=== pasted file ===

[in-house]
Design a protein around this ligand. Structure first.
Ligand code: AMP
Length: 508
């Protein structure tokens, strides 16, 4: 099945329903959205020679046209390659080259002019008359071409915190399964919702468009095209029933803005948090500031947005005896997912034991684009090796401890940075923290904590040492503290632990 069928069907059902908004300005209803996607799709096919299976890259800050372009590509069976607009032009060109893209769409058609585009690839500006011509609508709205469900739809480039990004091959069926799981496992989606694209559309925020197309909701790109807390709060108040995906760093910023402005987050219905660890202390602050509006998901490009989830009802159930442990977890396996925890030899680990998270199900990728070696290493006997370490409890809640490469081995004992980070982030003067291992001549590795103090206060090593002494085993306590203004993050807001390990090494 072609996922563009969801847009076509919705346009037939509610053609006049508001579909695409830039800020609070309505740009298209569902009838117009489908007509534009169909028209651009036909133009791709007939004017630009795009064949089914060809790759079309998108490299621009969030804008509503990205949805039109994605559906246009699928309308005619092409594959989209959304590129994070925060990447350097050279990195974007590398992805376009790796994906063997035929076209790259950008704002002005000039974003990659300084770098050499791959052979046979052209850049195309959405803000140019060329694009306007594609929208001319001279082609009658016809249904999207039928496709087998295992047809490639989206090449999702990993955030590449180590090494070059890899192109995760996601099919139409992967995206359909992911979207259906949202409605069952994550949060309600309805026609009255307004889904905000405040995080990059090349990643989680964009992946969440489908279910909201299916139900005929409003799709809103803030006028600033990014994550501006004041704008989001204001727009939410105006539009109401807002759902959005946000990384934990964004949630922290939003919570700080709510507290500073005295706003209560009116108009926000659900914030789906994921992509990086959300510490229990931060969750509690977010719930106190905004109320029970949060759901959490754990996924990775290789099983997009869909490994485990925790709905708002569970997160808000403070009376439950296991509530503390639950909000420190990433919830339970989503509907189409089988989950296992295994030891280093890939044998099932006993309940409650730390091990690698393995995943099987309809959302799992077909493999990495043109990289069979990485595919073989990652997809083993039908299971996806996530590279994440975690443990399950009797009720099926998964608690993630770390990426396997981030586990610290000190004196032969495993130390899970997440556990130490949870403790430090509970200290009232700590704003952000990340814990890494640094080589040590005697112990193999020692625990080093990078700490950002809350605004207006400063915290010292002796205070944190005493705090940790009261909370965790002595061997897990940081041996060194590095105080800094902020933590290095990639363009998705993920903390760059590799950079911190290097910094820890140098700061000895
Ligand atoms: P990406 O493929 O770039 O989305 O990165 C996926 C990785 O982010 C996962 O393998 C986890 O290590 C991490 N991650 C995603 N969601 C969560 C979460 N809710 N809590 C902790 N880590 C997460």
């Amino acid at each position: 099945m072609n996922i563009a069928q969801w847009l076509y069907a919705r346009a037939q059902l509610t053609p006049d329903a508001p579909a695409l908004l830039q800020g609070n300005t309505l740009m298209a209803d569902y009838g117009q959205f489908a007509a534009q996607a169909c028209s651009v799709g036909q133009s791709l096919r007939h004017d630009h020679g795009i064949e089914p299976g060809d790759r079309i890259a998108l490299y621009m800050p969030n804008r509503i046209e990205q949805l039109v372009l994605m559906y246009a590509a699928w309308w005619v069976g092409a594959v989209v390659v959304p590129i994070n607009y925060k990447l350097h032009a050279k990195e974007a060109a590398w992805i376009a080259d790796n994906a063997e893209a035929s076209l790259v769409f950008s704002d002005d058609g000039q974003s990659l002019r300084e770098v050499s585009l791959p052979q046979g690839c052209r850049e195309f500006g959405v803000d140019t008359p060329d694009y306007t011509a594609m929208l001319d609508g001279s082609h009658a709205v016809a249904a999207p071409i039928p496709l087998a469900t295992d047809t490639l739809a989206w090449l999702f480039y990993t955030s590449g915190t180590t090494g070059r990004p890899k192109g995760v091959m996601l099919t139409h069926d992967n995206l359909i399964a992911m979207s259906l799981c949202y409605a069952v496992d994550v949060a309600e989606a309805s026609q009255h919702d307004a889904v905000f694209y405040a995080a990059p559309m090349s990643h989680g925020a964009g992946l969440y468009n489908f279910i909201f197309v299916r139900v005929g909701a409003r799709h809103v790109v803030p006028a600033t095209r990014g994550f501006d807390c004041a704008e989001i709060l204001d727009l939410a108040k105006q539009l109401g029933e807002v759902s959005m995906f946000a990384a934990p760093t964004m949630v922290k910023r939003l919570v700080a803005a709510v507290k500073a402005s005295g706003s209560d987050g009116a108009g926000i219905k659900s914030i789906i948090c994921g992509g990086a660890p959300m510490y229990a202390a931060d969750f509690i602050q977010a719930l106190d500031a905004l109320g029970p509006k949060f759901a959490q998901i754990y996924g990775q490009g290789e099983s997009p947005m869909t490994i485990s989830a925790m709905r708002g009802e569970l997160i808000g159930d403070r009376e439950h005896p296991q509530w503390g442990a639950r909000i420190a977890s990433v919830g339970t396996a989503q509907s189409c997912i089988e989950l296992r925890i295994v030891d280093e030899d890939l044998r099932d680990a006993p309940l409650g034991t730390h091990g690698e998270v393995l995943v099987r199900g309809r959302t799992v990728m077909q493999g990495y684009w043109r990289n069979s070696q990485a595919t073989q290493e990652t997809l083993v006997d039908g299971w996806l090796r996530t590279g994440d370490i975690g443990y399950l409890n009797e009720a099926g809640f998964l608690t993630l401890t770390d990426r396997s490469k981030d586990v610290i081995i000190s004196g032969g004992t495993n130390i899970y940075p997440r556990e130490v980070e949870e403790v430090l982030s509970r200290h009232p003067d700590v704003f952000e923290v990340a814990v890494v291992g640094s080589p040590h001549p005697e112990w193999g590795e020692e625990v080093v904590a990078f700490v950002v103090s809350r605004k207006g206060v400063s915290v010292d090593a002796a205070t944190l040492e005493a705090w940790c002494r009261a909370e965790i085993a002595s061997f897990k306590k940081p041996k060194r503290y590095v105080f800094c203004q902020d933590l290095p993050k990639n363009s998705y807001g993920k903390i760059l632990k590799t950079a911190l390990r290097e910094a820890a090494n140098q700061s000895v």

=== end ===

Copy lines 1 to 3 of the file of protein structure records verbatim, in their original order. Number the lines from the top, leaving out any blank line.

[in-house]
Design a protein around this ligand. Structure first.
Ligand code: AMP